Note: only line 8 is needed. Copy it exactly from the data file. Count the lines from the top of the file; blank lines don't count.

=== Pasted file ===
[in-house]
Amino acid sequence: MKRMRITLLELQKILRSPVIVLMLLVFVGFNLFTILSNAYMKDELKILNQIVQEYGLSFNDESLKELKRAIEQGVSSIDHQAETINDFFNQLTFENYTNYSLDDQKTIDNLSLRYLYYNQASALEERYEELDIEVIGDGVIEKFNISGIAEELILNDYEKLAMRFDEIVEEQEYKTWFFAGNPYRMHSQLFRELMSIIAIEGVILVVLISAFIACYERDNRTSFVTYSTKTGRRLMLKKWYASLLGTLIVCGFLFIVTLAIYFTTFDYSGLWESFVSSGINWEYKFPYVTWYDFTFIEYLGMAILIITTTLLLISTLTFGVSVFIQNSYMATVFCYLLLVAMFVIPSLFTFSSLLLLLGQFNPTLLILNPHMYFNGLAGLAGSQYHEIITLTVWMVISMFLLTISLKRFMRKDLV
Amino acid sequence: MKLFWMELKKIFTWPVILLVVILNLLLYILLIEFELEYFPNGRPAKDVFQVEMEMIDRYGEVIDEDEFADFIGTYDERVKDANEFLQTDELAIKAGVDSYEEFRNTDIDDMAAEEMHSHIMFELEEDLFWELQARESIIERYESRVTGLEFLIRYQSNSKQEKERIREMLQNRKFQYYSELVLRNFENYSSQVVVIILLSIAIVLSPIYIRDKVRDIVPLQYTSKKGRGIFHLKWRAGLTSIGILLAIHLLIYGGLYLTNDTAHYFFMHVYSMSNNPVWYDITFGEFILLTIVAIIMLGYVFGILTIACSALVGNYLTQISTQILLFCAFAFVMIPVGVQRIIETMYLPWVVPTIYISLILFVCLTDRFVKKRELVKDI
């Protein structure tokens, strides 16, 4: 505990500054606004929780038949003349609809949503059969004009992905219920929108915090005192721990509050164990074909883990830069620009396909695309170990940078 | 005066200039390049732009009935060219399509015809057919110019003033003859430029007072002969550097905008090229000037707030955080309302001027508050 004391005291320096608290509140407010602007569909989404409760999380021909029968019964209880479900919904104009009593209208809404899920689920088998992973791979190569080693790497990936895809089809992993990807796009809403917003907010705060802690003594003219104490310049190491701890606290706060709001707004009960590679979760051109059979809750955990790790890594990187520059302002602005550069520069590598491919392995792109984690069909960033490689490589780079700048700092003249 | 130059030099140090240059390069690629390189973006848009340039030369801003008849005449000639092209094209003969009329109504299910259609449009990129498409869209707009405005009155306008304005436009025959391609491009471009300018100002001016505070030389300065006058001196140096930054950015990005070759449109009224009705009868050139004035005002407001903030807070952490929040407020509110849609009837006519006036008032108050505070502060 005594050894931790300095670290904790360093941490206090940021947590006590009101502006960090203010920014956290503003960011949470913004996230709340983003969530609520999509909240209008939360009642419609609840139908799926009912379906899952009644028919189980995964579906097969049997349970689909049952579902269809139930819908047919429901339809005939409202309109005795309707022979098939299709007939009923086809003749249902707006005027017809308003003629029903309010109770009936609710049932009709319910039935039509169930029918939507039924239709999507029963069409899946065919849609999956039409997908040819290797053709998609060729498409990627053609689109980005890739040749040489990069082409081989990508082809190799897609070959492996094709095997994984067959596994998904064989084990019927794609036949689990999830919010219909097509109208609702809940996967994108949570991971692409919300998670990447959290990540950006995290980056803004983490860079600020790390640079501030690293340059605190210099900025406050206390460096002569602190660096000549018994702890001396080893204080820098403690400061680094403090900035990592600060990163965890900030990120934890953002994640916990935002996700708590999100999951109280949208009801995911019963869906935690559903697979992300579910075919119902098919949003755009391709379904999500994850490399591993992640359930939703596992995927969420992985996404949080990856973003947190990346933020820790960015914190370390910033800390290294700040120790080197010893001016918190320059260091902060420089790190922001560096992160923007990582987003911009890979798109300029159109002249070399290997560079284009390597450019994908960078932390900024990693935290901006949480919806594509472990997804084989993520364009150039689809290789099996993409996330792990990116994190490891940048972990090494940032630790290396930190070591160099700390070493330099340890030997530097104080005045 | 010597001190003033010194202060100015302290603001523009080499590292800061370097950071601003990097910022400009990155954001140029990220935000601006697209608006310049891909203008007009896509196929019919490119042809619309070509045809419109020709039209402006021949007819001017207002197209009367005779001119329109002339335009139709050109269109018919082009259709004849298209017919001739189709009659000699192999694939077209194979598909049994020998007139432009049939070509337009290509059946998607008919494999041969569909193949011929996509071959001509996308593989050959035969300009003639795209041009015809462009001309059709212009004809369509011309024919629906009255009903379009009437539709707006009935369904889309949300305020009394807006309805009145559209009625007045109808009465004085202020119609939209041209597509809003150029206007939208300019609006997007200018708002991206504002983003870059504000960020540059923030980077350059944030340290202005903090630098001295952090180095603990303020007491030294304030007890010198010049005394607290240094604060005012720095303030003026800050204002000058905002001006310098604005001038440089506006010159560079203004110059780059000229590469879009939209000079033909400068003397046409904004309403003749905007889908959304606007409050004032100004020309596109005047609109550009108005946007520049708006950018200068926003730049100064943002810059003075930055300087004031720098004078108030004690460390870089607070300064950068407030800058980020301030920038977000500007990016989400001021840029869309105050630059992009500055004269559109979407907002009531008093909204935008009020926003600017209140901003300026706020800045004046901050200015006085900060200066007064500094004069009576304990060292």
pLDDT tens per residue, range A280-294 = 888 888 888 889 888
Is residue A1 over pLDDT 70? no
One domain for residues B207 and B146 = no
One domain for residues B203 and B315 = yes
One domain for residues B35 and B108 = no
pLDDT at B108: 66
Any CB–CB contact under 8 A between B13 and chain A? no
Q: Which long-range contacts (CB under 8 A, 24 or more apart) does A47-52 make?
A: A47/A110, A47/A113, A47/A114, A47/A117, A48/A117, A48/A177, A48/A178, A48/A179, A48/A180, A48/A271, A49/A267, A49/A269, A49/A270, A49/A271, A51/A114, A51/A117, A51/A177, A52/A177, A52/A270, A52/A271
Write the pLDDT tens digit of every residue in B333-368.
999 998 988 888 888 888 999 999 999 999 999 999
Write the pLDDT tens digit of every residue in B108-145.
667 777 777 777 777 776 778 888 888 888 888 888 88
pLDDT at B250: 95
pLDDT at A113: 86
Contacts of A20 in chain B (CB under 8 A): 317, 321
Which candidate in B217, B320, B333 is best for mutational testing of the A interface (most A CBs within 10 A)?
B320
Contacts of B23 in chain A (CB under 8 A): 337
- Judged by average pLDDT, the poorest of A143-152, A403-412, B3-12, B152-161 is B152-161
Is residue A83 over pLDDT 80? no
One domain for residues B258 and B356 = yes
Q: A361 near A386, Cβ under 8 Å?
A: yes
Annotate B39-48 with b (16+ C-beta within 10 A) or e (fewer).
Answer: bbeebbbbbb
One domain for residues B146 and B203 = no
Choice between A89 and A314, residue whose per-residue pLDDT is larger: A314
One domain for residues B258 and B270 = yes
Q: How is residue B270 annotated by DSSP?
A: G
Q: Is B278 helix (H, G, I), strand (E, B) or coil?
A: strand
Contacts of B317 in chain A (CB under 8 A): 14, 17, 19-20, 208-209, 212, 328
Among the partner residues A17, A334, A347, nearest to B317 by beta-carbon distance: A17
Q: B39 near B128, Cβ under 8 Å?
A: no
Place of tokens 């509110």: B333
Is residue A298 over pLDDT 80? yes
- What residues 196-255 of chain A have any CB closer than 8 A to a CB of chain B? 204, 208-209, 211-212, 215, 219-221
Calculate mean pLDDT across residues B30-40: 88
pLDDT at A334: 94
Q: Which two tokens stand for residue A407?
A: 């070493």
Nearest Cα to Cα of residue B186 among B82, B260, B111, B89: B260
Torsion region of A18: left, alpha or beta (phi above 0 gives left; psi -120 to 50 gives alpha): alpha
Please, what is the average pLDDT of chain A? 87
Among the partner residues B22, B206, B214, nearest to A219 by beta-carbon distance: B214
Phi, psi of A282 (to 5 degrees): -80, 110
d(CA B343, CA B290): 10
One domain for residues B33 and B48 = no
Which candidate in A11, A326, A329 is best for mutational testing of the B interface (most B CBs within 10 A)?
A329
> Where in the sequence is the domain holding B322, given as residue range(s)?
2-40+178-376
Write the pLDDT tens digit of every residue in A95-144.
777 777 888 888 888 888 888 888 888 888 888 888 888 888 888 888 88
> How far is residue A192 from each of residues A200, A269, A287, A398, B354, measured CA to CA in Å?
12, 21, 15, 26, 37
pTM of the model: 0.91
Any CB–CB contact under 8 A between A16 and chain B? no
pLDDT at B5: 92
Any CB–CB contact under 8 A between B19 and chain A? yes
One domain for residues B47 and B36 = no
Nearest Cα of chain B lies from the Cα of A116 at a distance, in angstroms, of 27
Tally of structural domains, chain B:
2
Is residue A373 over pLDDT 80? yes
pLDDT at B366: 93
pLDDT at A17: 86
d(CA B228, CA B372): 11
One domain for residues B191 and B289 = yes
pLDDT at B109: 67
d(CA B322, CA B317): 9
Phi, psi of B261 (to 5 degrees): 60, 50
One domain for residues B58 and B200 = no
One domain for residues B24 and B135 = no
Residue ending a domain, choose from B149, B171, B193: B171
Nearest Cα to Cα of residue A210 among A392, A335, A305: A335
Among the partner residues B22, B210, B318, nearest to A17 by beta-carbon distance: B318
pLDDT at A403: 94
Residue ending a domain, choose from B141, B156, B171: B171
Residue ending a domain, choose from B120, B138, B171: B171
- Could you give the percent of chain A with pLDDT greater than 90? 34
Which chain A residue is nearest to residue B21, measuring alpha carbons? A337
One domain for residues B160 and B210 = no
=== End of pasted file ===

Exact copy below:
One domain for residues B203 and B315 = yes